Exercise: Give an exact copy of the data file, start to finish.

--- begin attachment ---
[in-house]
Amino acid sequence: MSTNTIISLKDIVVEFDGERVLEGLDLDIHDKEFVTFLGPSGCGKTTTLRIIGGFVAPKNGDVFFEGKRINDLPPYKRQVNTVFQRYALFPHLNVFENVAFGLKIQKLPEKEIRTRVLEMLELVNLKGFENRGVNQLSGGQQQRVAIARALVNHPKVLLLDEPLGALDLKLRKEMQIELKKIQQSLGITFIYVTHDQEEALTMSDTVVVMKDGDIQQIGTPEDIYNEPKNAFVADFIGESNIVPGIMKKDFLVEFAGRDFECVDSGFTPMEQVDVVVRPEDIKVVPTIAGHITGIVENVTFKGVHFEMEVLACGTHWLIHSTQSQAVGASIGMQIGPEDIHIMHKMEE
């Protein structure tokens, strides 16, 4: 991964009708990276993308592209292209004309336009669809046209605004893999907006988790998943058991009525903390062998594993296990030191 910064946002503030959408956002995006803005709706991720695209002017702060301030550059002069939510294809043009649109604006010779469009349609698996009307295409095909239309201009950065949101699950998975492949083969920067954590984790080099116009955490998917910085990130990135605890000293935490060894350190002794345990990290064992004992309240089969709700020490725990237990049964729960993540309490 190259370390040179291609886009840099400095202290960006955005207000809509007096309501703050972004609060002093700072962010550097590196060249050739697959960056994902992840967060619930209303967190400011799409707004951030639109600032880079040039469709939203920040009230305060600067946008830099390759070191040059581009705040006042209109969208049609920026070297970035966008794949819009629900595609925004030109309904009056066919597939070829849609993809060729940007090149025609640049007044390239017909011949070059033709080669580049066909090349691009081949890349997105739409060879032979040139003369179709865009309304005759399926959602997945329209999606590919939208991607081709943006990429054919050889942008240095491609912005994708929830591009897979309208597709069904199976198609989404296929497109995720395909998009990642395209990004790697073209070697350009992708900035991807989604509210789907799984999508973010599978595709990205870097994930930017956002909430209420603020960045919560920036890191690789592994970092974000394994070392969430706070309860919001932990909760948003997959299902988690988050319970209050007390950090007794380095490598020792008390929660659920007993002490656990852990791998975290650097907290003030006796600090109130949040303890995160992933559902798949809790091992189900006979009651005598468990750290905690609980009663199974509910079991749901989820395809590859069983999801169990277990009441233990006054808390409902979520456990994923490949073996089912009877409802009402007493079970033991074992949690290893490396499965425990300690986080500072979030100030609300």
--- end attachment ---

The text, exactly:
[in-house]
Amino acid sequence: MSTNTIISLKDIVVEFDGERVLEGLDLDIHDKEFVTFLGPSGCGKTTTLRIIGGFVAPKNGDVFFEGKRINDLPPYKRQVNTVFQRYALFPHLNVFENVAFGLKIQKLPEKEIRTRVLEMLELVNLKGFENRGVNQLSGGQQQRVAIARALVNHPKVLLLDEPLGALDLKLRKEMQIELKKIQQSLGITFIYVTHDQEEALTMSDTVVVMKDGDIQQIGTPEDIYNEPKNAFVADFIGESNIVPGIMKKDFLVEFAGRDFECVDSGFTPMEQVDVVVRPEDIKVVPTIAGHITGIVENVTFKGVHFEMEVLACGTHWLIHSTQSQAVGASIGMQIGPEDIHIMHKMEE
């Protein structure tokens, strides 16, 4: 991964009708990276993308592209292209004309336009669809046209605004893999907006988790998943058991009525903390062998594993296990030191 910064946002503030959408956002995006803005709706991720695209002017702060301030550059002069939510294809043009649109604006010779469009349609698996009307295409095909239309201009950065949101699950998975492949083969920067954590984790080099116009955490998917910085990130990135605890000293935490060894350190002794345990990290064992004992309240089969709700020490725990237990049964729960993540309490 190259370390040179291609886009840099400095202290960006955005207000809509007096309501703050972004609060002093700072962010550097590196060249050739697959960056994902992840967060619930209303967190400011799409707004951030639109600032880079040039469709939203920040009230305060600067946008830099390759070191040059581009705040006042209109969208049609920026070297970035966008794949819009629900595609925004030109309904009056066919597939070829849609993809060729940007090149025609640049007044390239017909011949070059033709080669580049066909090349691009081949890349997105739409060879032979040139003369179709865009309304005759399926959602997945329209999606590919939208991607081709943006990429054919050889942008240095491609912005994708929830591009897979309208597709069904199976198609989404296929497109995720395909998009990642395209990004790697073209070697350009992708900035991807989604509210789907799984999508973010599978595709990205870097994930930017956002909430209420603020960045919560920036890191690789592994970092974000394994070392969430706070309860919001932990909760948003997959299902988690988050319970209050007390950090007794380095490598020792008390929660659920007993002490656990852990791998975290650097907290003030006796600090109130949040303890995160992933559902798949809790091992189900006979009651005598468990750290905690609980009663199974509910079991749901989820395809590859069983999801169990277990009441233990006054808390409902979520456990994923490949073996089912009877409802009402007493079970033991074992949690290893490396499965425990300690986080500072979030100030609300």